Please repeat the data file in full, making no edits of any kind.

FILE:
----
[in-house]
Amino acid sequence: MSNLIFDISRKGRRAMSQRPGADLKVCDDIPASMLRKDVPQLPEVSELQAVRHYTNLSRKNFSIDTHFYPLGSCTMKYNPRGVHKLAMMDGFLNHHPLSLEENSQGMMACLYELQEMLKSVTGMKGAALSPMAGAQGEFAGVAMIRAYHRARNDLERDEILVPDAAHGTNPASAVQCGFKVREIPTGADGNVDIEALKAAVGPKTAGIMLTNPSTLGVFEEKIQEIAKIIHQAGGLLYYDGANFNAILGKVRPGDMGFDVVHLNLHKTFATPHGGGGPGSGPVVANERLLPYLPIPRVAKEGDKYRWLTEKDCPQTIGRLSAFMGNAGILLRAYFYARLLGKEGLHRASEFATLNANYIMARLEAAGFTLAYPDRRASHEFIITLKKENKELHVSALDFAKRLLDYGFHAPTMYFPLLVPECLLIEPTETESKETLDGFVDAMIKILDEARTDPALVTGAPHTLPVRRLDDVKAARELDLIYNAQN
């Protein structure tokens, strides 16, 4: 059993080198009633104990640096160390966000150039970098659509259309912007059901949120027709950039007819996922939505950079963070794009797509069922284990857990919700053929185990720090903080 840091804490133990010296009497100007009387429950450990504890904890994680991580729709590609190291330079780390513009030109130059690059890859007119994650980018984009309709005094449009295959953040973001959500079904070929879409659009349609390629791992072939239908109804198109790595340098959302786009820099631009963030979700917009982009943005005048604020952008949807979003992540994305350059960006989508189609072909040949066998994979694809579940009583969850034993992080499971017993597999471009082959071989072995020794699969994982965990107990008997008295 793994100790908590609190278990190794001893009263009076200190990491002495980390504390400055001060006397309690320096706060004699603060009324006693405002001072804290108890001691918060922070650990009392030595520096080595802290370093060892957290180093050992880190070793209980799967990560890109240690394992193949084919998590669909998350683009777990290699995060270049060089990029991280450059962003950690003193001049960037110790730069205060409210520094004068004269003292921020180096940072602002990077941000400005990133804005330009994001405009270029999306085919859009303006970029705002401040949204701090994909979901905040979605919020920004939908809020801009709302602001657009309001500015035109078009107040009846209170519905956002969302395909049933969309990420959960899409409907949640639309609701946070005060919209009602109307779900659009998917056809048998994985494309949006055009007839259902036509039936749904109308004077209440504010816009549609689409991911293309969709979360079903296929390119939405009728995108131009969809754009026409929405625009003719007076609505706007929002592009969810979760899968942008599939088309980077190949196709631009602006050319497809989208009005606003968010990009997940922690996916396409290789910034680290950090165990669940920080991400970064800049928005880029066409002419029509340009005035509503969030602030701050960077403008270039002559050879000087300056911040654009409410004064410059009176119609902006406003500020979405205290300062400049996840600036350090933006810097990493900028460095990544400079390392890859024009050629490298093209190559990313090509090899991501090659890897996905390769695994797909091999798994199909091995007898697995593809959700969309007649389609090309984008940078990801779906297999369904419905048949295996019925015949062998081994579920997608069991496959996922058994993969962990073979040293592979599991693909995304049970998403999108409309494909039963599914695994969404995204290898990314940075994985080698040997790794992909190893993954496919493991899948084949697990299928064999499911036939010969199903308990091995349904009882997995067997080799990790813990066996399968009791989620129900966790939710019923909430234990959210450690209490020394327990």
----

[in-house]
Amino acid sequence: MSNLIFDISRKGRRAMSQRPGADLKVCDDIPASMLRKDVPQLPEVSELQAVRHYTNLSRKNFSIDTHFYPLGSCTMKYNPRGVHKLAMMDGFLNHHPLSLEENSQGMMACLYELQEMLKSVTGMKGAALSPMAGAQGEFAGVAMIRAYHRARNDLERDEILVPDAAHGTNPASAVQCGFKVREIPTGADGNVDIEALKAAVGPKTAGIMLTNPSTLGVFEEKIQEIAKIIHQAGGLLYYDGANFNAILGKVRPGDMGFDVVHLNLHKTFATPHGGGGPGSGPVVANERLLPYLPIPRVAKEGDKYRWLTEKDCPQTIGRLSAFMGNAGILLRAYFYARLLGKEGLHRASEFATLNANYIMARLEAAGFTLAYPDRRASHEFIITLKKENKELHVSALDFAKRLLDYGFHAPTMYFPLLVPECLLIEPTETESKETLDGFVDAMIKILDEARTDPALVTGAPHTLPVRRLDDVKAARELDLIYNAQN
């Protein structure tokens, strides 16, 4: 059993080198009633104990640096160390966000150039970098659509259309912007059901949120027709950039007819996922939505950079963070794009797509069922284990857990919700053929185990720090903080 840091804490133990010296009497100007009387429950450990504890904890994680991580729709590609190291330079780390513009030109130059690059890859007119994650980018984009309709005094449009295959953040973001959500079904070929879409659009349609390629791992072939239908109804198109790595340098959302786009820099631009963030979700917009982009943005005048604020952008949807979003992540994305350059960006989508189609072909040949066998994979694809579940009583969850034993992080499971017993597999471009082959071989072995020794699969994982965990107990008997008295 793994100790908590609190278990190794001893009263009076200190990491002495980390504390400055001060006397309690320096706060004699603060009324006693405002001072804290108890001691918060922070650990009392030595520096080595802290370093060892957290180093050992880190070793209980799967990560890109240690394992193949084919998590669909998350683009777990290699995060270049060089990029991280450059962003950690003193001049960037110790730069205060409210520094004068004269003292921020180096940072602002990077941000400005990133804005330009994001405009270029999306085919859009303006970029705002401040949204701090994909979901905040979605919020920004939908809020801009709302602001657009309001500015035109078009107040009846209170519905956002969302395909049933969309990420959960899409409907949640639309609701946070005060919209009602109307779900659009998917056809048998994985494309949006055009007839259902036509039936749904109308004077209440504010816009549609689409991911293309969709979360079903296929390119939405009728995108131009969809754009026409929405625009003719007076609505706007929002592009969810979760899968942008599939088309980077190949196709631009602006050319497809989208009005606003968010990009997940922690996916396409290789910034680290950090165990669940920080991400970064800049928005880029066409002419029509340009005035509503969030602030701050960077403008270039002559050879000087300056911040654009409410004064410059009176119609902006406003500020979405205290300062400049996840600036350090933006810097990493900028460095990544400079390392890859024009050629490298093209190559990313090509090899991501090659890897996905390769695994797909091999798994199909091995007898697995593809959700969309007649389609090309984008940078990801779906297999369904419905048949295996019925015949062998081994579920997608069991496959996922058994993969962990073979040293592979599991693909995304049970998403999108409309494909039963599914695994969404995204290898990314940075994985080698040997790794992909190893993954496919493991899948084949697990299928064999499911036939010969199903308990091995349904009882997995067997080799990790813990066996399968009791989620129900966790939710019923909430234990959210450690209490020394327990």